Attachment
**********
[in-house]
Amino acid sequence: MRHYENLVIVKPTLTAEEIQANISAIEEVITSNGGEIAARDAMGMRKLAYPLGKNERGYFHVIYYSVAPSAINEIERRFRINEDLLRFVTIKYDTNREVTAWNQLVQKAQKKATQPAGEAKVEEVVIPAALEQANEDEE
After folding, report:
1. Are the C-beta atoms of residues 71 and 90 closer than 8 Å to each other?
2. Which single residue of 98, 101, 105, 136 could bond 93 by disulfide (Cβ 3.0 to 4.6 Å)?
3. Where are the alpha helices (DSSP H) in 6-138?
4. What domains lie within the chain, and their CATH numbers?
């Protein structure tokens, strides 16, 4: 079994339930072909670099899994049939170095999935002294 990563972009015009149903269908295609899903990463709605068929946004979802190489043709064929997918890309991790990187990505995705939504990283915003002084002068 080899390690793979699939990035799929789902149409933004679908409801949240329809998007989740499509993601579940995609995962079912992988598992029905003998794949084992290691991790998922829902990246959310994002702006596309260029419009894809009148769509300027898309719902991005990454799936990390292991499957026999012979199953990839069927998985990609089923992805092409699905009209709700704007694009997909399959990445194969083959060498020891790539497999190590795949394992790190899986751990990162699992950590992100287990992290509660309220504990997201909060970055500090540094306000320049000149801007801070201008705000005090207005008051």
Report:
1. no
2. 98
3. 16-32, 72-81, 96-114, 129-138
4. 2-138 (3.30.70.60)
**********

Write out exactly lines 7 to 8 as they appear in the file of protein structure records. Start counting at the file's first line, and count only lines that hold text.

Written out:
4. What domains lie within the chain, and their CATH numbers?
């Protein structure tokens, strides 16, 4: 079994339930072909670099899994049939170095999935002294 990563972009015009149903269908295609899903990463709605068929946004979802190489043709064929997918890309991790990187990505995705939504990283915003002084002068 080899390690793979699939990035799929789902149409933004679908409801949240329809998007989740499509993601579940995609995962079912992988598992029905003998794949084992290691991790998922829902990246959310994002702006596309260029419009894809009148769509300027898309719902991005990454799936990390292991499957026999012979199953990839069927998985990609089923992805092409699905009209709700704007694009997909399959990445194969083959060498020891790539497999190590795949394992790190899986751990990162699992950590992100287990992290509660309220504990997201909060970055500090540094306000320049000149801007801070201008705000005090207005008051």